November 17, 1923 - October 28, 2021
The doctor told Hattie that she shouldn't expect her baby to live. She had been in labor for three days and the child was in a turned position in the birth canal. That was too much stress for any baby. When the baby finally was born, she emerged screaming – she was determined to live! Her two oldest sisters, Hester and Mary, wanted the baby to have a modern name – something different from the traditional names of her older sisters. They chose “Phyllis” - and to make it more exotic, a middle name “LaRue”. Phyllis was energetic – and noisy – from the beginning. Her Pop, Ed Klinger, was a coal miner and had to get up early to go to work. He threatened to “throw the kid out the window” if she didn't soon quiet down. Hattie tried all the usual remedies but nothing worked. Finally, in desparation, she gave baby Phyllis some coffee – she quieted down immediately. That was the beginning of a lifelong coffee drinking career! Phyllis was the youngest of seven daughters, but she only knew her two oldest sisters. The four other sisters died of various causes (appendicitis, menengitis etc.) before Phyllis was four years old. She remembered Hannah, who died at nine years old, because they shared a bed. Life for coal miners families wasn't easy, especially in the depession years following 1929. Phyllis was only six years old, but she remembered what it meant to not have enough money. She always had empathy with anyone in need, and that led to her helping many people - both while living in her home town of Williamstown, Pennsylvania and later in her subsequent home in Willingboro, New Jersey. Phyllis was the only one in the family to have a high school education. Her older sisters were 15-16 years older and grew up at a time when it was expected of children to quit school at 15 and go to work to help the family. Phyllis graduated from Wiliamstown High School in 1941 and maintained contact with many of her classmates over the years. The joint reunions (all graduating classes until the highschool was replaced by a county school) was a highlight that she never wanted to miss. When Phyllis told her Pop in November 1941 that she was going to marry Bob Davis, he cried. In those days, it was still tradition that the youngest child didn't marry and stayed with the parents and took care of them. Phyllis assured him that she could get married and still take care of her parents – and she did just that in subsequent years! Being married at that time was not easy – the second world war changed a lot of things and Phyllis was pregnant. Bob was drafted and sent to China to serve in the infantry. After the war he was in the local National Guard and then served in Korea during the war there. Phyllis was active in what would now be called “social work” - collecting items or money to help the needy, organizing plays, teaching children to swim and many other things. Phyllis moved to Willingboro, New Jersey (then called Levittown) in1960. She was delighted to have a house that had neither a celler nor an attic nor the things usually to be found in such places. Since she was a very social person, it was not long before her house became the contact center for the neighborhood. Phyllis loved parties, so every birthday, every holiday or any unusual event was a reason to have a “get together” - in the back yard in summer, in the living room in winter. It was usual to feed the birds in Willingboro – almost everyone had feeders and birdbaths in their backyards. Of course Phyllis, who loved to feed anyone or anything, fed the birds. Then she noticed that cats had come around and were eating the birds. Her solution to this problem was to feed the cats. This resulted in not only cats coming to Chez Phyllis but also opossoms, skunks, racoons and assorted others. For many years she caught cats, had them sterilized and found homes for them. Naturally, she kept some of them in her own home and there are many pictures of several generations of them. In the last decades, the previously large and varied contact circle around Phyllis schrank considerably. This is one of the major drawbacks of longevity. Few of her many friends are still alive. There are fewer reasons to have parties and fewer people to come to them. In addition, she no longer could find homes for cats with nieces, nephews,cousins, etc. of friends. In January 2018, Phyllis fell and broke her femur. She considered it to be „just a broken leg“, but the side effects were dramatic. She had hallucinations and memory problems for months (a result of anasthesia used in the operation). Physically, she recovered surprisingly quickly and her doctor cleared her to fly to Germany for a family visit. The day before her flight (in June) she fell and broke her other femur. After this, it was clear that it wasn't possible for her to continue living in her house and she moved into assisted living at the end of 2018. Again, the mental side effects were worse than the physical damage. She continued to recognize friends and family from the present time but believed that she was back in her home town in Pennsylvania and that she communicated with old friends and her sisters. The measures necessary to counter Covid 19 intensified her living in a world of mixed past and present, but she was cheerful and optimistic to the end. Phyllis L. Davis of Willingboro NJ died on October 28, 2021 shortly before her 98th birthday. at the CareOne assisted living facility in Moorestown NJ. She was the youngest of seven daughters of Ed and Hattie Klinger of Williamstown PA. Phyllis is survived by her daughter, Carol Cassidy of Berlin, Germany, her great nephew David Jenkins of Woodbury, NJ, her cherished friend and „second daughter“ Victoria Broward of Willingboro, NJ as well as many nieces and nephews throughout the US.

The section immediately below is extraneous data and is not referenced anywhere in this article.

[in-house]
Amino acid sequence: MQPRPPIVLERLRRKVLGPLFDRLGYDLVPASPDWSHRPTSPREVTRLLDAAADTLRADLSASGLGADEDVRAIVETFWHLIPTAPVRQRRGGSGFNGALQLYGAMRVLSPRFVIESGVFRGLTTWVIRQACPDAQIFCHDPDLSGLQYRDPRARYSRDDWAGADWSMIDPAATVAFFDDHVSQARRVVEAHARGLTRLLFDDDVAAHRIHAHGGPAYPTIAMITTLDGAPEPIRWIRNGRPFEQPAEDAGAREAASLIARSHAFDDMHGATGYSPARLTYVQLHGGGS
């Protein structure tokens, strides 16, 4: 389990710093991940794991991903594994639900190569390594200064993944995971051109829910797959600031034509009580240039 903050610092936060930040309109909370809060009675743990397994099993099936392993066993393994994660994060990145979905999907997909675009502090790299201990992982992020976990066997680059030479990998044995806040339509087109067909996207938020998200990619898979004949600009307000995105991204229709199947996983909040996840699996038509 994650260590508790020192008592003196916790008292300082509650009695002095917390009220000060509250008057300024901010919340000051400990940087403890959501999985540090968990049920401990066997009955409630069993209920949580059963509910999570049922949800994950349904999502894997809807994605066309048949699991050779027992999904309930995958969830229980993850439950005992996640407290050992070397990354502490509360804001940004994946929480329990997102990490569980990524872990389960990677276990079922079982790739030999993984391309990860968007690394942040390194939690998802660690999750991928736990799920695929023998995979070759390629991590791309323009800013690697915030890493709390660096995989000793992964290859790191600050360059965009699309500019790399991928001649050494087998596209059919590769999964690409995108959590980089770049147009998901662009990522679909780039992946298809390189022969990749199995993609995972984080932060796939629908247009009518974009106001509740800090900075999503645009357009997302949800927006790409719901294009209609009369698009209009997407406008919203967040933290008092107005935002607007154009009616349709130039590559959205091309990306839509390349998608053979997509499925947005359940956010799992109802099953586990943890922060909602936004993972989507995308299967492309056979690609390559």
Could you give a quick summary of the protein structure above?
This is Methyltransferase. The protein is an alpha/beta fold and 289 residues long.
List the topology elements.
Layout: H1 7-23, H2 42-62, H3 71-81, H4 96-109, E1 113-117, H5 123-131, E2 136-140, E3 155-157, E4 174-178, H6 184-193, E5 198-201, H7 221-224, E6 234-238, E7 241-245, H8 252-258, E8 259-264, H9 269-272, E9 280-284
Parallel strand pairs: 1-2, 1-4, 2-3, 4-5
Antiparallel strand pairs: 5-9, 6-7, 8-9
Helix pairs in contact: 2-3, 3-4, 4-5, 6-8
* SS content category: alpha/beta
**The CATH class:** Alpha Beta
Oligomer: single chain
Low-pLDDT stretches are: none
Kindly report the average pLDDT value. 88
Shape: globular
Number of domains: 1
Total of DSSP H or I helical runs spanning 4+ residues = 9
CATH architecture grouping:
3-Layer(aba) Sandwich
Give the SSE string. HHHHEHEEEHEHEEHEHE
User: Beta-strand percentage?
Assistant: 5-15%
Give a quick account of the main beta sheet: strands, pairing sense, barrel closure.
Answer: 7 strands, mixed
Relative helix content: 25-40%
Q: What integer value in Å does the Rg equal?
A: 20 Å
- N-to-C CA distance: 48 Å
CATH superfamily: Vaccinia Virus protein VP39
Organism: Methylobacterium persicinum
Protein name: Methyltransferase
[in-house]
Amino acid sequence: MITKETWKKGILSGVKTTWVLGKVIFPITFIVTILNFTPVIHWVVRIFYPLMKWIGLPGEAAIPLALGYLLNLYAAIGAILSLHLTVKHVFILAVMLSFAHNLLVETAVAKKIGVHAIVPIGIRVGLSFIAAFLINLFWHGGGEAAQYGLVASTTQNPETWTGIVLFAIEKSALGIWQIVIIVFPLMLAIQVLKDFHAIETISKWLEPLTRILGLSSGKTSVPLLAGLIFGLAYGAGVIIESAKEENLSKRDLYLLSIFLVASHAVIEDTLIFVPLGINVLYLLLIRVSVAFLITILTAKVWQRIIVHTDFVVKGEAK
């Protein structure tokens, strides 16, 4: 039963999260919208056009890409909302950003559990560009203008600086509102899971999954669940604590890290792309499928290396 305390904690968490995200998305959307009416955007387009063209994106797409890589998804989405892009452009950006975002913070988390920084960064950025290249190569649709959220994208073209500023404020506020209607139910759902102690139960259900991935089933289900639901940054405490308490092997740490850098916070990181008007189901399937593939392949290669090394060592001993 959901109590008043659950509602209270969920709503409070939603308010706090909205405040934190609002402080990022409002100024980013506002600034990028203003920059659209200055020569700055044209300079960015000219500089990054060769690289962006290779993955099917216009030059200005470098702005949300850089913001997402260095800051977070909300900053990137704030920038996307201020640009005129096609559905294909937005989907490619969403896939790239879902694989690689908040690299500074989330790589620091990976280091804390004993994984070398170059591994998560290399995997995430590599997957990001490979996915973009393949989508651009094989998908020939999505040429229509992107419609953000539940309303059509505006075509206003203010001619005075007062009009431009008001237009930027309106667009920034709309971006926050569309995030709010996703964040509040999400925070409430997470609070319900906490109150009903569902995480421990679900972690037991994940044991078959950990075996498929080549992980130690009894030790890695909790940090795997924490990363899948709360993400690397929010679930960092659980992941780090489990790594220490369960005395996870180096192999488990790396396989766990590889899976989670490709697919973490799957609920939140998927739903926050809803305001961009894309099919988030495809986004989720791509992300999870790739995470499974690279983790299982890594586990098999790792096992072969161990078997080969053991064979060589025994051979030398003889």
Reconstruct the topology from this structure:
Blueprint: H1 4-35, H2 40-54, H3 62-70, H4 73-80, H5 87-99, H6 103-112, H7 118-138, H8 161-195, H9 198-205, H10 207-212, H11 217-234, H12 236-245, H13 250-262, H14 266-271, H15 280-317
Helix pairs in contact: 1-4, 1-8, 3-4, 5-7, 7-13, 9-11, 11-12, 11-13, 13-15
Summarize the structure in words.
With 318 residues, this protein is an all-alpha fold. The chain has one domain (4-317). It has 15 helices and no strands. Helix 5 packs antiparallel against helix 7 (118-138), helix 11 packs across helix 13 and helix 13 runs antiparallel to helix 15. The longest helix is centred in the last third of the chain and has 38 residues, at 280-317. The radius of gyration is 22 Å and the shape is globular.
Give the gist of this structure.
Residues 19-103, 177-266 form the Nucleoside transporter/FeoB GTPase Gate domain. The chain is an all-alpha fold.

The doctor told Hattie that she shouldn't expect her baby to live. She had been in labor for three days and the child was in a turned position in the birth canal. That was too much stress for any baby. When the baby finally was born, she emerged... View Obituary & Service Information